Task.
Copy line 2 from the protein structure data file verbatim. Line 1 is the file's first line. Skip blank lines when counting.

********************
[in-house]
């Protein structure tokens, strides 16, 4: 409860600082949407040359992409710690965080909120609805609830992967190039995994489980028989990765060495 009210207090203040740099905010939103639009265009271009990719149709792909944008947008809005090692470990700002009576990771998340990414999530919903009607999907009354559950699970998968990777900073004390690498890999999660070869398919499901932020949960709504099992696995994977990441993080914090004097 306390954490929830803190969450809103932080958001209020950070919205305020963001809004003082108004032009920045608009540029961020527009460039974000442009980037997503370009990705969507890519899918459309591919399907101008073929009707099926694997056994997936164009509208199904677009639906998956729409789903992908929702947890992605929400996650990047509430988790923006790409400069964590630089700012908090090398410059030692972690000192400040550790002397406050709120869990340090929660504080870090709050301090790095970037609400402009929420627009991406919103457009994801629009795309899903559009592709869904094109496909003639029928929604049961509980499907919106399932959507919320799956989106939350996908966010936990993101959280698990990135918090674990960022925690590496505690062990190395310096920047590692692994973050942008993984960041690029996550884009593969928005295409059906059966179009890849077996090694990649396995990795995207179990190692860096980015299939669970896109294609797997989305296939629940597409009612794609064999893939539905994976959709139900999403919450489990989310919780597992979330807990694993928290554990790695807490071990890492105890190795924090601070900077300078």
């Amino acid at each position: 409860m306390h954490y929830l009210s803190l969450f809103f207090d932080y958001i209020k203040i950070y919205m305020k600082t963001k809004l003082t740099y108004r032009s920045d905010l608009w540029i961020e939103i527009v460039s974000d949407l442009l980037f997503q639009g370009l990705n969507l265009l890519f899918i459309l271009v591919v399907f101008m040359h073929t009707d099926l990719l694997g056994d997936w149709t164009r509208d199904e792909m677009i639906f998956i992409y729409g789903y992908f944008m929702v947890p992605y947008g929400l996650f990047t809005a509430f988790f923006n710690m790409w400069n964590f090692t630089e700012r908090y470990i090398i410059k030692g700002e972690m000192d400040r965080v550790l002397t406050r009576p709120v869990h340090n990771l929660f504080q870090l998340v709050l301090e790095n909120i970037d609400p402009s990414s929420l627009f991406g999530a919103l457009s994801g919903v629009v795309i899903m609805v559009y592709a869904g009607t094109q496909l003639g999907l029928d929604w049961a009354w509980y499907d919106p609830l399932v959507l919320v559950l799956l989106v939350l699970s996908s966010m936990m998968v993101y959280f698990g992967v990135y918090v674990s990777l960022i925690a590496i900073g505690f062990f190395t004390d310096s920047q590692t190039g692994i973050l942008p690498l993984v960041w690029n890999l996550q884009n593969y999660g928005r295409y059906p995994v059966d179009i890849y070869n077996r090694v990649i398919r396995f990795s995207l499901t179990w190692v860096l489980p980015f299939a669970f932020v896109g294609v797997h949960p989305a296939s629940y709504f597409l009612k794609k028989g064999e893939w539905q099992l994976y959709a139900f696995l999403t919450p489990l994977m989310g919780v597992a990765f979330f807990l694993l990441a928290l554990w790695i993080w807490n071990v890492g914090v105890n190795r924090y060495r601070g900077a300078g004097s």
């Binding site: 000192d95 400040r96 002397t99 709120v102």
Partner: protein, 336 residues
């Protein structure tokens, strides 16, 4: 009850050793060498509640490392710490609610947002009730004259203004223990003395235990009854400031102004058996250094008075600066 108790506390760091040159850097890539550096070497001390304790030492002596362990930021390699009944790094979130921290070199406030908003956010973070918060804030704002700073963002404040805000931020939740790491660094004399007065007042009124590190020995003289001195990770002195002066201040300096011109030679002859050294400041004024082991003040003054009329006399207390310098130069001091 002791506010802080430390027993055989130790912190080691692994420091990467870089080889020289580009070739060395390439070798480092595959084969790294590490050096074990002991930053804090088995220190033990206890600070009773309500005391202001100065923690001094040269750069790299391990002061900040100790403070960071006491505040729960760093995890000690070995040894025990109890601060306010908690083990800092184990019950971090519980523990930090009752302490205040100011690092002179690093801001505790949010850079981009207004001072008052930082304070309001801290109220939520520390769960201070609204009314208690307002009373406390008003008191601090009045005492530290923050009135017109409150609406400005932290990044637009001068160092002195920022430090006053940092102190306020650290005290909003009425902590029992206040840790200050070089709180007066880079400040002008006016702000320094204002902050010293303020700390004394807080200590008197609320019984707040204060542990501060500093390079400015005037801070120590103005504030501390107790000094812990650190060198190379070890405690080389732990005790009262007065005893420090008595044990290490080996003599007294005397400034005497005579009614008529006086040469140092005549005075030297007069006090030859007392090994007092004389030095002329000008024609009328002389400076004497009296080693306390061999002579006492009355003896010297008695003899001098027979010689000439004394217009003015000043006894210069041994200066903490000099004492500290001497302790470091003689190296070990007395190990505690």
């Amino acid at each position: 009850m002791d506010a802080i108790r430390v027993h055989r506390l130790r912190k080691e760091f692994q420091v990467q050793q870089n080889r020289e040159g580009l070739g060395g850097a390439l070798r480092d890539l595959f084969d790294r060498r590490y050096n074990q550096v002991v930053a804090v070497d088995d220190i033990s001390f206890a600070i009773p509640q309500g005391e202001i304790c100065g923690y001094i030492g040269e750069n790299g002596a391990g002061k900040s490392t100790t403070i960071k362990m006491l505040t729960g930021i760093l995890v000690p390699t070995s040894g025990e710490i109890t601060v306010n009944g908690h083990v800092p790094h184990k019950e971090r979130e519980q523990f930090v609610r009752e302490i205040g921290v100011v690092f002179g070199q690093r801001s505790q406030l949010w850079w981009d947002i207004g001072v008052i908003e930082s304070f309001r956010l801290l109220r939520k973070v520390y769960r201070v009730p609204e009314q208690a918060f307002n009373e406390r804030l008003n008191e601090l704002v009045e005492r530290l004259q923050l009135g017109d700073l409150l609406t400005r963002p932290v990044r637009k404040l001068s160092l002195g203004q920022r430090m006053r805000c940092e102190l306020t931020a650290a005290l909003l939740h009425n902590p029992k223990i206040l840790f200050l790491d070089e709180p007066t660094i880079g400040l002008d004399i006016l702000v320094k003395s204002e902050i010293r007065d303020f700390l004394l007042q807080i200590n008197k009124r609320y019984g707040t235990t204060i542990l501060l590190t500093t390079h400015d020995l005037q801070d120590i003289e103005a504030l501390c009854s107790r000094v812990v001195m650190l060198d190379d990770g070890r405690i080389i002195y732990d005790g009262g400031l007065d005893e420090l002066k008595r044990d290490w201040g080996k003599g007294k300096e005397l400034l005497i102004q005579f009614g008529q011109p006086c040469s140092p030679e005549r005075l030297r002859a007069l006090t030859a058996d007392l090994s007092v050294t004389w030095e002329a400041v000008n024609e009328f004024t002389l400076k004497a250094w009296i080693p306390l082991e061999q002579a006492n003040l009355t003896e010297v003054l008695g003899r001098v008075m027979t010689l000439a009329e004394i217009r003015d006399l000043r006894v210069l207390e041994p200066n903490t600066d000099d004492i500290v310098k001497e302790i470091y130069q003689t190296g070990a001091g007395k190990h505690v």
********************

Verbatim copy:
């Protein structure tokens, strides 16, 4: 409860600082949407040359992409710690965080909120609805609830992967190039995994489980028989990765060495 009210207090203040740099905010939103639009265009271009990719149709792909944008947008809005090692470990700002009576990771998340990414999530919903009607999907009354559950699970998968990777900073004390690498890999999660070869398919499901932020949960709504099992696995994977990441993080914090004097 306390954490929830803190969450809103932080958001209020950070919205305020963001809004003082108004032009920045608009540029961020527009460039974000442009980037997503370009990705969507890519899918459309591919399907101008073929009707099926694997056994997936164009509208199904677009639906998956729409789903992908929702947890992605929400996650990047509430988790923006790409400069964590630089700012908090090398410059030692972690000192400040550790002397406050709120869990340090929660504080870090709050301090790095970037609400402009929420627009991406919103457009994801629009795309899903559009592709869904094109496909003639029928929604049961509980499907919106399932959507919320799956989106939350996908966010936990993101959280698990990135918090674990960022925690590496505690062990190395310096920047590692692994973050942008993984960041690029996550884009593969928005295409059906059966179009890849077996090694990649396995990795995207179990190692860096980015299939669970896109294609797997989305296939629940597409009612794609064999893939539905994976959709139900999403919450489990989310919780597992979330807990694993928290554990790695807490071990890492105890190795924090601070900077300078």